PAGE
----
Illustrating Inner Beauty

Since ancient Egyptian times, a crown of light rays also known as a halo, nimbus, aureole, glory or gloriole has been used to emphasize and categorize specific figures in works of art.

Ra, Egyptian Sun God

Ra, Egyptian Sun God

Many of us are most familiar with the halos found encircling the heads of religious figures, but these rays of light can sometimes appear radiating from secular rulers or epic heroes as well.

Apollo, Greek God of Sun, Knowledge and Art

Apollo, Greek God of Sun, Knowledge and Art

So what does this artistic motif symbolize? This otherworldly glow illustrates sacredness and divinity, but it also calls to mind immortality and even inner beauty.

Amitabha Buddha

Amitabha Buddha

When you see this ring of light - whether it encircles Greek hero Perseus, or powerful Mughal emperor Jahangir - our eye is trained to place importance on this figure, even if we are unaware of their story.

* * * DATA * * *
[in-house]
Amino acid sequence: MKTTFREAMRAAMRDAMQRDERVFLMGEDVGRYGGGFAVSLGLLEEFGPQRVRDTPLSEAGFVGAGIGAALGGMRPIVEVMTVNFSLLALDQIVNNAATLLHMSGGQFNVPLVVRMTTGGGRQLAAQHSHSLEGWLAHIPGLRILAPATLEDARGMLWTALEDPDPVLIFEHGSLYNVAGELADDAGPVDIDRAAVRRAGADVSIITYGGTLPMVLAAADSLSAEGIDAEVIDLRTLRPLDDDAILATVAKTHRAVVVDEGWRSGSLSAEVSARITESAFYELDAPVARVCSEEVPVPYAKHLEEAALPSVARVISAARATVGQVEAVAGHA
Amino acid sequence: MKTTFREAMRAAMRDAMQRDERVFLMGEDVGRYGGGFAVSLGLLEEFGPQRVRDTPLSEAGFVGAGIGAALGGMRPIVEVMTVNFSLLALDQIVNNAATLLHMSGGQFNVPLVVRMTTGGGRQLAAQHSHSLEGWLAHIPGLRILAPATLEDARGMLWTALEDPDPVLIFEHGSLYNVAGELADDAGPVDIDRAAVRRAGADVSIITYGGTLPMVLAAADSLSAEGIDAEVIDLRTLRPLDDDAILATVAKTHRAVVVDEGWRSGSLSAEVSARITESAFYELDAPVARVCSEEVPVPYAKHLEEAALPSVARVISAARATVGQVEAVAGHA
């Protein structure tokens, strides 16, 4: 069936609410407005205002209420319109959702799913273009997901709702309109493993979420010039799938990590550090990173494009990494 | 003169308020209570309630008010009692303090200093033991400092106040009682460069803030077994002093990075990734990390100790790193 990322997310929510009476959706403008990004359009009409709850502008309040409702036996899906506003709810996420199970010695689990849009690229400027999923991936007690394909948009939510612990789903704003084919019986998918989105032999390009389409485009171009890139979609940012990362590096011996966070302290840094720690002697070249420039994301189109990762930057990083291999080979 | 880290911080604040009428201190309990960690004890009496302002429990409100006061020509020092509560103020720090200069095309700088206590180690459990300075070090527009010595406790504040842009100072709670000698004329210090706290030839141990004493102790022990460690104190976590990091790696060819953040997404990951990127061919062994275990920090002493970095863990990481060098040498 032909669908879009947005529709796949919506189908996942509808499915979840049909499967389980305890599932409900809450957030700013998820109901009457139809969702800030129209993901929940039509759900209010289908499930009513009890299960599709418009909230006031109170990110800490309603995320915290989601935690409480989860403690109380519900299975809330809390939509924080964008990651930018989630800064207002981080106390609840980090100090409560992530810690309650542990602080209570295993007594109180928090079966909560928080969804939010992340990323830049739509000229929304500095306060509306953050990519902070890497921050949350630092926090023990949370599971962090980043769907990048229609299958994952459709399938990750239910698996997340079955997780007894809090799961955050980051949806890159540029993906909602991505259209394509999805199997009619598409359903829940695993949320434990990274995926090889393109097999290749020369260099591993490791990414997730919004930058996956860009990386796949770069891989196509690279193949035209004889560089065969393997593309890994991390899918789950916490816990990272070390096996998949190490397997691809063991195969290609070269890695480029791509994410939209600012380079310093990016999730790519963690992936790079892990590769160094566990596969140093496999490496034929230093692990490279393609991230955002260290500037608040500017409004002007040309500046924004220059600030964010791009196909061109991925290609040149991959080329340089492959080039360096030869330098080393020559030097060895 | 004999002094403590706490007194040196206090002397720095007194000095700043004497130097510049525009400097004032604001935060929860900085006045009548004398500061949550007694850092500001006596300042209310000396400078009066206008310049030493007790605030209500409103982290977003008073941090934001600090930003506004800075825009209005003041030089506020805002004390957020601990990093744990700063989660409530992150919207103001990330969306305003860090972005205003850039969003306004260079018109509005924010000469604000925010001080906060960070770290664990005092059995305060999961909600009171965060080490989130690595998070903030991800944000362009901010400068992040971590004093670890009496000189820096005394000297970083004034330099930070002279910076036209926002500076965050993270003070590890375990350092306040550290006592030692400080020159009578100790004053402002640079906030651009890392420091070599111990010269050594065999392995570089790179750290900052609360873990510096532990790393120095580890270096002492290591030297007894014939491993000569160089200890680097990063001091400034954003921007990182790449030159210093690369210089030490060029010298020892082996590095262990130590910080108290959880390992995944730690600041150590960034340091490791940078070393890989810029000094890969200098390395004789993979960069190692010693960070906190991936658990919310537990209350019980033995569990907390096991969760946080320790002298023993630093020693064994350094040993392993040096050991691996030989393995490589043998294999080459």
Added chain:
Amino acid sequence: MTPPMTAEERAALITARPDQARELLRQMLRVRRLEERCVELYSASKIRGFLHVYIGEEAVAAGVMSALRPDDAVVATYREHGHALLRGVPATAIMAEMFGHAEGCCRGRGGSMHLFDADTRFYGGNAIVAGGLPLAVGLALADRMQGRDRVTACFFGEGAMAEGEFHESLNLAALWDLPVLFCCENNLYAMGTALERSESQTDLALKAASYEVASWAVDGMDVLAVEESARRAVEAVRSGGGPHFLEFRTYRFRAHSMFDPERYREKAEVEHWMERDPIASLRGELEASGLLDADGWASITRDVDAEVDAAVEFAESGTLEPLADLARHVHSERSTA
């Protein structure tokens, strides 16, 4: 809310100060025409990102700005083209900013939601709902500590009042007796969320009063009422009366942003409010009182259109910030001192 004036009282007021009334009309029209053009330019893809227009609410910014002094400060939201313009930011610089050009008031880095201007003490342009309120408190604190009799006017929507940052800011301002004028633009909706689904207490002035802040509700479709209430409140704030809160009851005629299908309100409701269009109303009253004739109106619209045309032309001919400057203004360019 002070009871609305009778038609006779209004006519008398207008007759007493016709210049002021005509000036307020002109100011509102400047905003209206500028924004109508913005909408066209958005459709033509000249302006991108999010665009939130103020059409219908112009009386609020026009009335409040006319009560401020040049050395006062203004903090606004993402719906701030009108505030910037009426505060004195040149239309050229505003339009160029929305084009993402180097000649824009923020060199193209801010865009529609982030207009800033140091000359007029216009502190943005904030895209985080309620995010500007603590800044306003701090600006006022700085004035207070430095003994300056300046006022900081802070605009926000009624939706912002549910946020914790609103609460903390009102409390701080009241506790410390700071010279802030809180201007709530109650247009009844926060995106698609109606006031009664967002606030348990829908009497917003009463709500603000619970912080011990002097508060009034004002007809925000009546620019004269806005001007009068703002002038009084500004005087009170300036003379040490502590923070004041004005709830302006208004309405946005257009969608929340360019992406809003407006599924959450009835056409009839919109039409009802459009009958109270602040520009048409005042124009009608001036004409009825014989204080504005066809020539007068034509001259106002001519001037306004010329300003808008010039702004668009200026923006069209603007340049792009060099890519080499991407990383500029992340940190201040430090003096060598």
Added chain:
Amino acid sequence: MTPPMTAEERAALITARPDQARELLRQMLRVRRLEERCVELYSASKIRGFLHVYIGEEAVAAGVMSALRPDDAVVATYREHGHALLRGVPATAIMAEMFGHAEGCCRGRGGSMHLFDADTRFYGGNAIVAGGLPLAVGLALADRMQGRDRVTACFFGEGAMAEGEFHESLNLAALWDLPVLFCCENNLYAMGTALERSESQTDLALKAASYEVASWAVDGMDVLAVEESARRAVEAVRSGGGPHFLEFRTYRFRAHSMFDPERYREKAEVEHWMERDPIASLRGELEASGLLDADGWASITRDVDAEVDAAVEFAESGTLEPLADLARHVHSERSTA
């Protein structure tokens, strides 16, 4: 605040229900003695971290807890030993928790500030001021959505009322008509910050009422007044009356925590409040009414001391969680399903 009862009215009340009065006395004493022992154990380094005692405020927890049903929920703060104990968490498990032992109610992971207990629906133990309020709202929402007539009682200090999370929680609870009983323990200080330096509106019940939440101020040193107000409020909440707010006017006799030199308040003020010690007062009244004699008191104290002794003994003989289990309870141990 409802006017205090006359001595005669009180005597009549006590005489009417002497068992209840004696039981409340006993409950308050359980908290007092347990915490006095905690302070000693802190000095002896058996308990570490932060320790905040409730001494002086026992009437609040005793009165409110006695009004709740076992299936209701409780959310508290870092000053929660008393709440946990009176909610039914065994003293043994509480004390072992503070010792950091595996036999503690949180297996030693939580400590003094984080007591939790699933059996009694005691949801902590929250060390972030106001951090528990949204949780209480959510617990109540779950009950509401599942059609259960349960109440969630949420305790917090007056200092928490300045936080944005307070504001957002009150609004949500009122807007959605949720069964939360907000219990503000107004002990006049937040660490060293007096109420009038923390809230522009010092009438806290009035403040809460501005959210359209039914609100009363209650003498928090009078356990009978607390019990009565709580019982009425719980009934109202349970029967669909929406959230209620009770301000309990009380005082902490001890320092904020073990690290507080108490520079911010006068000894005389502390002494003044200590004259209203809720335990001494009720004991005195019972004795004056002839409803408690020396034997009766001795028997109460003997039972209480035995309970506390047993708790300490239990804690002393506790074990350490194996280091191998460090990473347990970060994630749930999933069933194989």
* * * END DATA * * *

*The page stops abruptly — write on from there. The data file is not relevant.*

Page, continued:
Chola Nataraja encircled by an aureole of flames

Chola Nataraja encircled by an aureole of flames

We see this internal glow radiating out and are encouraged to look beyond a physical presence and to imagine the notable qualities and noble deeds that make up their inner beauty.

Mughal Emperor Jahangir

Mughal Emperor Jahangir

As time went on and artistic styles changed, so did the illustration of this sacred glow. In Europe, large, gold-leaf embellished halos gave way to simple, signifying rings during the Renaissance.

Fra Angelico, Nativity

Fra Angelico, Nativity

Why would a realistic work of art maintain a halo you ask? To us, this radiation of light is a kind of energetic realism. For when one is rich with inner beauty, they seem as though they glow outwardly.

Raphael, Madonna of Belvedere

Raphael, Madonna of Belvedere

Posted on July 17, 2017 and filed under Mindfulness, Style, Lifestyle.